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Journal of Indian Philosophy and Religion

Volume 21, December 2016

Collected Works of Kisor K. Chakrabarti, Part I

Kisor Kumar Chakrabarti
Pages 158-175

Universal Premise in Early Nyāya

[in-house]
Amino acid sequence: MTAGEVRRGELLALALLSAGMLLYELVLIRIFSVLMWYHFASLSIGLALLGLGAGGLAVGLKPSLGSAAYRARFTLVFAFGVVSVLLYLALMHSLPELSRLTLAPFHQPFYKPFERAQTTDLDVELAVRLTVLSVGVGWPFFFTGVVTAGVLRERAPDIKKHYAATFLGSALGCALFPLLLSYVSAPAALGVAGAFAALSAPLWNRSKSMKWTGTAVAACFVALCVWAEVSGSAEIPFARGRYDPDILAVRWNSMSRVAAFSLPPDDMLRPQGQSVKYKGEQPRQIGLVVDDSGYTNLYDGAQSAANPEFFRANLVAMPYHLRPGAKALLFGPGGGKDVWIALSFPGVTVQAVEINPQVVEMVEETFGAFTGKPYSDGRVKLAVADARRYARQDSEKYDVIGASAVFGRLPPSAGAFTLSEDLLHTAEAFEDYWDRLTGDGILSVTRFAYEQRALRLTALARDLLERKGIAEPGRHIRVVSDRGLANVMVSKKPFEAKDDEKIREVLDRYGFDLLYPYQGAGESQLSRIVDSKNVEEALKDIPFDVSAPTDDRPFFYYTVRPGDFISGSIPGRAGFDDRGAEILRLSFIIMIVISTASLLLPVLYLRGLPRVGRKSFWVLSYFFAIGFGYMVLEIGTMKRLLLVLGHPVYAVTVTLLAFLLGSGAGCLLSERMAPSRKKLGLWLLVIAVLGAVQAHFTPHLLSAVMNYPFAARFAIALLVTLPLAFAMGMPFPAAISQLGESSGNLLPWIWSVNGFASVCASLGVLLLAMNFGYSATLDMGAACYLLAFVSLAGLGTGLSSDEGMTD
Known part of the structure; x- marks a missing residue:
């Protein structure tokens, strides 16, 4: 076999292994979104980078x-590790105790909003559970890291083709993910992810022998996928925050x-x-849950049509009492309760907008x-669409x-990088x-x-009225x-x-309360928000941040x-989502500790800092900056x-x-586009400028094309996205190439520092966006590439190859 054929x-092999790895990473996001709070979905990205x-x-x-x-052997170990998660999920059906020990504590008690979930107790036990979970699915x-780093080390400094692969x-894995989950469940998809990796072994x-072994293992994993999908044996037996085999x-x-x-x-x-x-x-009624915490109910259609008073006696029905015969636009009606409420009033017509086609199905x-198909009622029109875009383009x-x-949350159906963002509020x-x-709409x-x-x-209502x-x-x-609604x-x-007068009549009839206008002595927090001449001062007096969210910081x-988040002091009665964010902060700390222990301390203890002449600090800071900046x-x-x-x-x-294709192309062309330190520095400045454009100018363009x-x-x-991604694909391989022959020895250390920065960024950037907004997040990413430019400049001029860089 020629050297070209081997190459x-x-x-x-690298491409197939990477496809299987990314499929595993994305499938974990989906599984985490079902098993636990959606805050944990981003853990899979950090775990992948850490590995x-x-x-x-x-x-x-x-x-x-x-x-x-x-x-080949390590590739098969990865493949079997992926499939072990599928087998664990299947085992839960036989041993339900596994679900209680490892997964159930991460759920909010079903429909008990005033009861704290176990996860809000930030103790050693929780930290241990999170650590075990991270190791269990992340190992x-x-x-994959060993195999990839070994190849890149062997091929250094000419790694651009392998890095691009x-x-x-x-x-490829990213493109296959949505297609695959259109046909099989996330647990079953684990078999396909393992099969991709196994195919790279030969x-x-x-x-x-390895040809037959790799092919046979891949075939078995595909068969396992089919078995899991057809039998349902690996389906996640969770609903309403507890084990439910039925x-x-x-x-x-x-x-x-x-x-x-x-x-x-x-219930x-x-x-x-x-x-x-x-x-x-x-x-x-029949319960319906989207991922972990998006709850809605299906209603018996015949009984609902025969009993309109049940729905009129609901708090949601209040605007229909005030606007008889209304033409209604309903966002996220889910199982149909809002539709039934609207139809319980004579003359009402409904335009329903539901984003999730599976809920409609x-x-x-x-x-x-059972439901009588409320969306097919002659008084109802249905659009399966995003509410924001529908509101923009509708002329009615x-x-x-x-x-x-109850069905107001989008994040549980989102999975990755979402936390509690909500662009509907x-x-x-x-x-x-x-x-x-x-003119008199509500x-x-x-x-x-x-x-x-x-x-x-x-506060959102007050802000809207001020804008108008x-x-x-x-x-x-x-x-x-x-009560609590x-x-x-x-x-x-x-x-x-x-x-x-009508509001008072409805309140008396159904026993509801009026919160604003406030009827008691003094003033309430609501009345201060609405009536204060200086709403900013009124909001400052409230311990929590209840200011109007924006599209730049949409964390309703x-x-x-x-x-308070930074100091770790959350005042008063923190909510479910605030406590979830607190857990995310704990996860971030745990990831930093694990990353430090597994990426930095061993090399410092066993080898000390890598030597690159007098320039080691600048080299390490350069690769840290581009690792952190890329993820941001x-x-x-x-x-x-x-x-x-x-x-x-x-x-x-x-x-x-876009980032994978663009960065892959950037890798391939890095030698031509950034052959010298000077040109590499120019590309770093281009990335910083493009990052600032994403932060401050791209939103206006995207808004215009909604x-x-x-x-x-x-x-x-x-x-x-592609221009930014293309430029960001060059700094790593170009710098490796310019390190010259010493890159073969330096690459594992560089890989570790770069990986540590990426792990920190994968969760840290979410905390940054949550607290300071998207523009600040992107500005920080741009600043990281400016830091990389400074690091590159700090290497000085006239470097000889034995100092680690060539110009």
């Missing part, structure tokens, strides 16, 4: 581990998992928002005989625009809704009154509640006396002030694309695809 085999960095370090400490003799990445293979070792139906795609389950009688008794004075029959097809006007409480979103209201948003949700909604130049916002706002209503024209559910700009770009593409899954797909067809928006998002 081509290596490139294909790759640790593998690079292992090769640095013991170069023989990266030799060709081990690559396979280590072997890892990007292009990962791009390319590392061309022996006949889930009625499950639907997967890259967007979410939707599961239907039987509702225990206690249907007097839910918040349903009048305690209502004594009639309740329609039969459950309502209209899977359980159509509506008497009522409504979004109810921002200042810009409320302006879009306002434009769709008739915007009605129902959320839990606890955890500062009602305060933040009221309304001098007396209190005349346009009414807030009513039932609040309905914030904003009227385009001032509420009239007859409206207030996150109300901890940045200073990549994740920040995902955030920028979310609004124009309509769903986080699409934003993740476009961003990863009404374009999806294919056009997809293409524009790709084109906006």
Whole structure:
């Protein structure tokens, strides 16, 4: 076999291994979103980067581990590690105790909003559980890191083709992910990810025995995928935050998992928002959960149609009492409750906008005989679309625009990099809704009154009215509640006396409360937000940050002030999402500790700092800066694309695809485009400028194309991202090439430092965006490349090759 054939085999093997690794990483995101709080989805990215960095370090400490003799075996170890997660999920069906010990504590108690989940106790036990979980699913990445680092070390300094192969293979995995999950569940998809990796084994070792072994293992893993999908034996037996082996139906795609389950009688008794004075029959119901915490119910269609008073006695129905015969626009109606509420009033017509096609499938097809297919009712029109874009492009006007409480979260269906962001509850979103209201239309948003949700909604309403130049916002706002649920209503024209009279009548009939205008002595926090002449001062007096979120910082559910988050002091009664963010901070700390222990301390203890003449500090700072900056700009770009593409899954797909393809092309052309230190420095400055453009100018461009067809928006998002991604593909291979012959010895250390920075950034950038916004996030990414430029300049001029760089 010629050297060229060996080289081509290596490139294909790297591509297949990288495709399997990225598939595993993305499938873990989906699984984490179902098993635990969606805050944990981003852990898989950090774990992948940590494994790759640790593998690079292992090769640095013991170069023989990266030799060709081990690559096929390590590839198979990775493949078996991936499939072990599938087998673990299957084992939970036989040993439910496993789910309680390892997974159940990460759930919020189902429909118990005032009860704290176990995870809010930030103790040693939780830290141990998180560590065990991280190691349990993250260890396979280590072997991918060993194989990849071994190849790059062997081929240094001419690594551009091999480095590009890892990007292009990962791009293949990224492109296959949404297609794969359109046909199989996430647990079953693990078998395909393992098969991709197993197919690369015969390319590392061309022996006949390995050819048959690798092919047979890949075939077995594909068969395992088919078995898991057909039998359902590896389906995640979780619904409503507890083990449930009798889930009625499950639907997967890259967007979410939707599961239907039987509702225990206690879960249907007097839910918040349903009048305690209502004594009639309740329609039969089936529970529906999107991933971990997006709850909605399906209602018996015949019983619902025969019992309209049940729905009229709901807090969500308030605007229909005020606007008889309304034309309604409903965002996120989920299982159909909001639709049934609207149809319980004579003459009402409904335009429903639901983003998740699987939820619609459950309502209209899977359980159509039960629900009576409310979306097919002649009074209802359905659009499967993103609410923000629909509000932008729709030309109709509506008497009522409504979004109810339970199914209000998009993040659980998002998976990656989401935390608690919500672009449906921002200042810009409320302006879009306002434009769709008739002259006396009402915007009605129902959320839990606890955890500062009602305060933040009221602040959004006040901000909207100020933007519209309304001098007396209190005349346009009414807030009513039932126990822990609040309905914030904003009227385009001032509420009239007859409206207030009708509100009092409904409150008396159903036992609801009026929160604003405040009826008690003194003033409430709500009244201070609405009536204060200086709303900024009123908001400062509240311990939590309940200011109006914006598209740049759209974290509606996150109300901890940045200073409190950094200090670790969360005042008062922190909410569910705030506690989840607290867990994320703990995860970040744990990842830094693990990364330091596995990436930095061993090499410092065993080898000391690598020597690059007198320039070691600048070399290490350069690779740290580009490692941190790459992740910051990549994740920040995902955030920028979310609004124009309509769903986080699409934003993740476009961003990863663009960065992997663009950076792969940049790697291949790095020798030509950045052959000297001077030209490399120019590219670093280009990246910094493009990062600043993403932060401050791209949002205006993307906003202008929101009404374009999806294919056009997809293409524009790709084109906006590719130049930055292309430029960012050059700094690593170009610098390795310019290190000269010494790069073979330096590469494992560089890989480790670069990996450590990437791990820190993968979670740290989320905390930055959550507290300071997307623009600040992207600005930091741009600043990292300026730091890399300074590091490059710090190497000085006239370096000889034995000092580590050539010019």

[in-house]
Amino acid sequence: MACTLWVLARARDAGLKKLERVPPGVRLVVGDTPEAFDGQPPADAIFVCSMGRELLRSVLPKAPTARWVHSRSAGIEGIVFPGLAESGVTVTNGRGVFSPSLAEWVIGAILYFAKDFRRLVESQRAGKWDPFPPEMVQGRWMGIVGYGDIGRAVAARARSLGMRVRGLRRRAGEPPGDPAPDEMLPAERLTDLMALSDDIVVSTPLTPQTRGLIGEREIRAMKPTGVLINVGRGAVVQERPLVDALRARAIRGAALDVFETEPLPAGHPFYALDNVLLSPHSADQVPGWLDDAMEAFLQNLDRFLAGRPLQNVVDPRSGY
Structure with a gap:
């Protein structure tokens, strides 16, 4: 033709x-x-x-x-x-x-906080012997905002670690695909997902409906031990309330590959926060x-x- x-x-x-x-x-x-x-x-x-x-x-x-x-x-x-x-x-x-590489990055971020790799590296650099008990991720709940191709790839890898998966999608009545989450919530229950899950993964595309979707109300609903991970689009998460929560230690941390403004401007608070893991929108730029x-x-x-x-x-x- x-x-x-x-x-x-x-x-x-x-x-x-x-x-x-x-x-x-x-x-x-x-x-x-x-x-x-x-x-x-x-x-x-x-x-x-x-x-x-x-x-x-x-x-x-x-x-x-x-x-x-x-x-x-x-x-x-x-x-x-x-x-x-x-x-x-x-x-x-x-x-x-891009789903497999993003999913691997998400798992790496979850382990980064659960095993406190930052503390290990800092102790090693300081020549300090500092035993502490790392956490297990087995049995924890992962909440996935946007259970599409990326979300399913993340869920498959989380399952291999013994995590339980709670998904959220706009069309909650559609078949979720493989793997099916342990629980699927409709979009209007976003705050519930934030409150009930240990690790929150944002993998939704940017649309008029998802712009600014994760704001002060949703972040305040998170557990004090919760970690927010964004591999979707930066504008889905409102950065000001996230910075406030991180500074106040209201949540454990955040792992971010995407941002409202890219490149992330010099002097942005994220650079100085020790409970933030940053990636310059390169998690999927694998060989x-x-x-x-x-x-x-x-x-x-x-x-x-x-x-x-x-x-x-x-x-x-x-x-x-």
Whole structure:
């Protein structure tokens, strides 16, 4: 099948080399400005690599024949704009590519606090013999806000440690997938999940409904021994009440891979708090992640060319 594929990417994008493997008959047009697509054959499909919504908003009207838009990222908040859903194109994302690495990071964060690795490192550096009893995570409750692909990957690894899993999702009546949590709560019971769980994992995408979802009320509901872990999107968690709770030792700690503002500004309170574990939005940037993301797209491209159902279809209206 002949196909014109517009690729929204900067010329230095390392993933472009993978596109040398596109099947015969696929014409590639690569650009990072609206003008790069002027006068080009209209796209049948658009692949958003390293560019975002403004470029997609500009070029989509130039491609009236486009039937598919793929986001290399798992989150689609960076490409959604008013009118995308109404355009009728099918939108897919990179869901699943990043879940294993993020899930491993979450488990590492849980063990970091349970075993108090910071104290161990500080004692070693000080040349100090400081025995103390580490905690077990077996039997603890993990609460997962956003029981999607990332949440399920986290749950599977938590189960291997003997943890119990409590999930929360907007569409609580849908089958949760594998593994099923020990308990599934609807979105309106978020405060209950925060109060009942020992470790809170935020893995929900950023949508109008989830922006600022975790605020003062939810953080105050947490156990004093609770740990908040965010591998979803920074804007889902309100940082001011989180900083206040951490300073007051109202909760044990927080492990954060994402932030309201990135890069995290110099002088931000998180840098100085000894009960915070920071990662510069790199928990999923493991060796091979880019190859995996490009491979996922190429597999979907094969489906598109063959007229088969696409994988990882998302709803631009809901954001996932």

Indian logic is mainly devoted to the study of nyaya the logical structure of which is analogous to that of a categorical syllogism. In a nyaya it is inferred that since the probans (similar to the middle term) is pervaded by or never exists without the probandum (similar to the major term) and since the probans belongs to the inferential subject (similar to the minor term), the probandum belongs to the inferential subject. Many modern scholars hold that in early Indian logic a nyaya was an analogical argument from particular to particular. We disagree. Early Nyaya works say explicitly that what deviates is a pseudo-probans; this implies that a probans is non-deviant or pervaded by the probandum and thus that a universal premise stating the pervasion of the probans by the probandum is needed. Such a universal premise is also found in articulated arguments. Further, a counterargument based on mere analogy to a nyaya based on a universal connection is viewed as a pseudo-refutation.

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